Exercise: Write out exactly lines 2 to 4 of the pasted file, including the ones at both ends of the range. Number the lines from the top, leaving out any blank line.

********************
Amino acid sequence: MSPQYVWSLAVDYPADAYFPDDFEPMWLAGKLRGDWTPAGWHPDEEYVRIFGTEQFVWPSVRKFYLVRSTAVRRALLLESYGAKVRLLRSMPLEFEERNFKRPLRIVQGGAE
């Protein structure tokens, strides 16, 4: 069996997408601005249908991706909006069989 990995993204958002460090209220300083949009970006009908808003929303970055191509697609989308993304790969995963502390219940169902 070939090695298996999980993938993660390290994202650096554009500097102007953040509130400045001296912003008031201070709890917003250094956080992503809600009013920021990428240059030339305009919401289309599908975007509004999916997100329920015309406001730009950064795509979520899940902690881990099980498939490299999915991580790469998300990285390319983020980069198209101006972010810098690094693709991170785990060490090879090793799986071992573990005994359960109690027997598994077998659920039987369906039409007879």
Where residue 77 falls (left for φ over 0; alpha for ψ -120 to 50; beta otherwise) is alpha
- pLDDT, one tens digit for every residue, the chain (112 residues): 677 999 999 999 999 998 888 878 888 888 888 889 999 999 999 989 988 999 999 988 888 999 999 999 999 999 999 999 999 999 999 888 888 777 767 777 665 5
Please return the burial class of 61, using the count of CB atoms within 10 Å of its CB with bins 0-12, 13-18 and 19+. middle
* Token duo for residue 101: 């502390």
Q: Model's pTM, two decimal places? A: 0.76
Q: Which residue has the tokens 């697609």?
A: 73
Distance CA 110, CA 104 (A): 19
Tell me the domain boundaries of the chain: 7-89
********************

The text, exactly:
């Protein structure tokens, strides 16, 4: 069996997408601005249908991706909006069989 990995993204958002460090209220300083949009970006009908808003929303970055191509697609989308993304790969995963502390219940169902 070939090695298996999980993938993660390290994202650096554009500097102007953040509130400045001296912003008031201070709890917003250094956080992503809600009013920021990428240059030339305009919401289309599908975007509004999916997100329920015309406001730009950064795509979520899940902690881990099980498939490299999915991580790469998300990285390319983020980069198209101006972010810098690094693709991170785990060490090879090793799986071992573990005994359960109690027997598994077998659920039987369906039409007879």
Where residue 77 falls (left for φ over 0; alpha for ψ -120 to 50; beta otherwise) is alpha
- pLDDT, one tens digit for every residue, the chain (112 residues): 677 999 999 999 999 998 888 878 888 888 888 889 999 999 999 989 988 999 999 988 888 999 999 999 999 999 999 999 999 999 999 888 888 777 767 777 665 5